Colutea – Bladder Senna –
There are about 30 species of deciduous shrubs, sometimes small trees, in this genus. They occur in dry soils in woodland and thickets, from Southern Europe, Eastern Africa, Turkey, Iran, Western and Central Asia, Afghanistan, Pakistan, and the Himalayas. They are grown for their pinnate or trifoliate leaves, with smooth edged, usually very small, elliptic to obovate leaflets, their pea like, soft shaded yellow to coppery orange, spring to autumn borne flowers, held in few flowered, axillary, long stalked racemes and their unusually, inflated colored, translucent, glossy or hairy, bladder-like pods. Colulteas are suitable for a shrub border, those described here are useful for an exposed site or dry, sunny bank. They tolerate poor, dry soils, coastal conditions, and urban pollution. Some may become weedy. Seeds may cause mild stomach upset if ingested.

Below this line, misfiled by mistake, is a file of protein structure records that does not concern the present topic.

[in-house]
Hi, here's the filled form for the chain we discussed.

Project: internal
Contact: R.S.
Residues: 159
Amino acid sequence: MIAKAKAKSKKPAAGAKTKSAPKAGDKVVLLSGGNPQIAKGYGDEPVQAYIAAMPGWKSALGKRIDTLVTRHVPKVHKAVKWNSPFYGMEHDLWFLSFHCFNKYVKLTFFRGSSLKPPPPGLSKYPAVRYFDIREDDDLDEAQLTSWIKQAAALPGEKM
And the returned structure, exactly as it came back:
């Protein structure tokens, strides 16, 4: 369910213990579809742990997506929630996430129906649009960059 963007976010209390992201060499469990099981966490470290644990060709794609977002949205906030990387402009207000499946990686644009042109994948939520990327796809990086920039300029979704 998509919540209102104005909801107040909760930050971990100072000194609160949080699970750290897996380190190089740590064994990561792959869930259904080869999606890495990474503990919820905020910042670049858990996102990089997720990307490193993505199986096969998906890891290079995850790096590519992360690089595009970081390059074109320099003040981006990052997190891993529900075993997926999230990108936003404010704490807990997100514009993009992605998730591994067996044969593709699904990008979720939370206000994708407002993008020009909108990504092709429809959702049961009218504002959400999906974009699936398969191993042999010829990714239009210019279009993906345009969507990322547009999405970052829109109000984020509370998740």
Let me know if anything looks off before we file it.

Grow in moderately fertile, well drained soil in full sun.
Prone to powdery mildew, rust, and root rot.
C. orientalis – This bushy, rounded shrub from Southern Russia, Northern Iran and the Caucasus grows 6-10′ feet tall and wide. It produces pinnate, bluish green leaves, to 4″ long, with 3 or 4 pairs of obovate leaflets. In summer it bears 2-5 copper-red flowers, to ½” long, with yellow markings, in racemes to 2 ½” long, followed by pale brown then translucent seed pods, to 2″ long.